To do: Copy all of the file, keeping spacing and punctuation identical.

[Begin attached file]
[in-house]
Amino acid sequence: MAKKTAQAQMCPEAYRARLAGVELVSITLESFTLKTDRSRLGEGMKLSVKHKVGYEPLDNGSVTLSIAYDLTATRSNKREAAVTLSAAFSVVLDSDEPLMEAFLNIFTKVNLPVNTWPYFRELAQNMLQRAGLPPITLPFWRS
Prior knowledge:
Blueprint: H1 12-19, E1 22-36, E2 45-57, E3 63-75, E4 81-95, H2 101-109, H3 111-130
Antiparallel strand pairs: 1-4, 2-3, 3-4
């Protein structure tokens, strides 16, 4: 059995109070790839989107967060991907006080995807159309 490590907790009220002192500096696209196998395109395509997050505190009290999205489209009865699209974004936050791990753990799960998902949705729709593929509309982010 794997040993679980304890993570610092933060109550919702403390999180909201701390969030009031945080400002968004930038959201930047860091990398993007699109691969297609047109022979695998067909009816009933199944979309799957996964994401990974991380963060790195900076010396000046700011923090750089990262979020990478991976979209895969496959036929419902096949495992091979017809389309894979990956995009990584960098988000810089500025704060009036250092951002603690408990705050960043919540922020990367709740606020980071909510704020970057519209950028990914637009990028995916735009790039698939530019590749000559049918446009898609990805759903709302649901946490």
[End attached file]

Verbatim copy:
[in-house]
Amino acid sequence: MAKKTAQAQMCPEAYRARLAGVELVSITLESFTLKTDRSRLGEGMKLSVKHKVGYEPLDNGSVTLSIAYDLTATRSNKREAAVTLSAAFSVVLDSDEPLMEAFLNIFTKVNLPVNTWPYFRELAQNMLQRAGLPPITLPFWRS
Prior knowledge:
Blueprint: H1 12-19, E1 22-36, E2 45-57, E3 63-75, E4 81-95, H2 101-109, H3 111-130
Antiparallel strand pairs: 1-4, 2-3, 3-4
């Protein structure tokens, strides 16, 4: 059995109070790839989107967060991907006080995807159309 490590907790009220002192500096696209196998395109395509997050505190009290999205489209009865699209974004936050791990753990799960998902949705729709593929509309982010 794997040993679980304890993570610092933060109550919702403390999180909201701390969030009031945080400002968004930038959201930047860091990398993007699109691969297609047109022979695998067909009816009933199944979309799957996964994401990974991380963060790195900076010396000046700011923090750089990262979020990478991976979209895969496959036929419902096949495992091979017809389309894979990956995009990584960098988000810089500025704060009036250092951002603690408990705050960043919540922020990367709740606020980071909510704020970057519209950028990914637009990028995916735009790039698939530019590749000559049918446009898609990805759903709302649901946490």